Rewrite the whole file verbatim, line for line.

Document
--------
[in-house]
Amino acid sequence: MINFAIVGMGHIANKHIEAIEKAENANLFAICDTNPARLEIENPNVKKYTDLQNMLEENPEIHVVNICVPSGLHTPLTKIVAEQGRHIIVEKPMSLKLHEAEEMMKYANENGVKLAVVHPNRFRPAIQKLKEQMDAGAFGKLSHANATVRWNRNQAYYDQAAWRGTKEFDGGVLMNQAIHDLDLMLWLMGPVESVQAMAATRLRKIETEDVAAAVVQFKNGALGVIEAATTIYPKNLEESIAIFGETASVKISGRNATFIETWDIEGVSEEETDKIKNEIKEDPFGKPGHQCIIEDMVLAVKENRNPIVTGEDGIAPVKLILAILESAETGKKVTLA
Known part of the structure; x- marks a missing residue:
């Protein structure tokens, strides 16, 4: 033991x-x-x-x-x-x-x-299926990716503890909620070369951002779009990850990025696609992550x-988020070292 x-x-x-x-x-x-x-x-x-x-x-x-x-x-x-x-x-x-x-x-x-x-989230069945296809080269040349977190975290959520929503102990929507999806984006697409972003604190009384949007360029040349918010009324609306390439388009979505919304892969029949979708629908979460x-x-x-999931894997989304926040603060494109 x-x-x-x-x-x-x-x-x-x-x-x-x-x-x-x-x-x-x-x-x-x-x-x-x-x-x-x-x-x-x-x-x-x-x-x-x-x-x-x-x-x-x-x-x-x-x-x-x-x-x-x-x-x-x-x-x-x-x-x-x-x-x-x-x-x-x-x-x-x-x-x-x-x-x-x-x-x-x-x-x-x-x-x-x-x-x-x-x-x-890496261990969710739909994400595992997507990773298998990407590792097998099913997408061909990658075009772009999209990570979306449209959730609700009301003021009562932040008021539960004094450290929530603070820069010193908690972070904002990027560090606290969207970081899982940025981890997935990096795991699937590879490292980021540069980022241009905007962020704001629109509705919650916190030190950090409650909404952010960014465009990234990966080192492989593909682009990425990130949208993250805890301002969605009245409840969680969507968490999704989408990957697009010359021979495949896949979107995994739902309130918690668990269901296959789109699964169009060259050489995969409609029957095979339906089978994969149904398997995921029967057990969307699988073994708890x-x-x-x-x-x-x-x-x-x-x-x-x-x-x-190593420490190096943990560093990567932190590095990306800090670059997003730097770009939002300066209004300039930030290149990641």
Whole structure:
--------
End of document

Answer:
[in-house]
Amino acid sequence: MINFAIVGMGHIANKHIEAIEKAENANLFAICDTNPARLEIENPNVKKYTDLQNMLEENPEIHVVNICVPSGLHTPLTKIVAEQGRHIIVEKPMSLKLHEAEEMMKYANENGVKLAVVHPNRFRPAIQKLKEQMDAGAFGKLSHANATVRWNRNQAYYDQAAWRGTKEFDGGVLMNQAIHDLDLMLWLMGPVESVQAMAATRLRKIETEDVAAAVVQFKNGALGVIEAATTIYPKNLEESIAIFGETASVKISGRNATFIETWDIEGVSEEETDKIKNEIKEDPFGKPGHQCIIEDMVLAVKENRNPIVTGEDGIAPVKLILAILESAETGKKVTLA
Known part of the structure; x- marks a missing residue:
């Protein structure tokens, strides 16, 4: 033991x-x-x-x-x-x-x-299926990716503890909620070369951002779009990850990025696609992550x-988020070292 x-x-x-x-x-x-x-x-x-x-x-x-x-x-x-x-x-x-x-x-x-x-989230069945296809080269040349977190975290959520929503102990929507999806984006697409972003604190009384949007360029040349918010009324609306390439388009979505919304892969029949979708629908979460x-x-x-999931894997989304926040603060494109 x-x-x-x-x-x-x-x-x-x-x-x-x-x-x-x-x-x-x-x-x-x-x-x-x-x-x-x-x-x-x-x-x-x-x-x-x-x-x-x-x-x-x-x-x-x-x-x-x-x-x-x-x-x-x-x-x-x-x-x-x-x-x-x-x-x-x-x-x-x-x-x-x-x-x-x-x-x-x-x-x-x-x-x-x-x-x-x-x-x-890496261990969710739909994400595992997507990773298998990407590792097998099913997408061909990658075009772009999209990570979306449209959730609700009301003021009562932040008021539960004094450290929530603070820069010193908690972070904002990027560090606290969207970081899982940025981890997935990096795991699937590879490292980021540069980022241009905007962020704001629109509705919650916190030190950090409650909404952010960014465009990234990966080192492989593909682009990425990130949208993250805890301002969605009245409840969680969507968490999704989408990957697009010359021979495949896949979107995994739902309130918690668990269901296959789109699964169009060259050489995969409609029957095979339906089978994969149904398997995921029967057990969307699988073994708890x-x-x-x-x-x-x-x-x-x-x-x-x-x-x-190593420490190096943990560093990567932190590095990306800090670059997003730097770009939002300066209004300039930030290149990641």
Whole structure: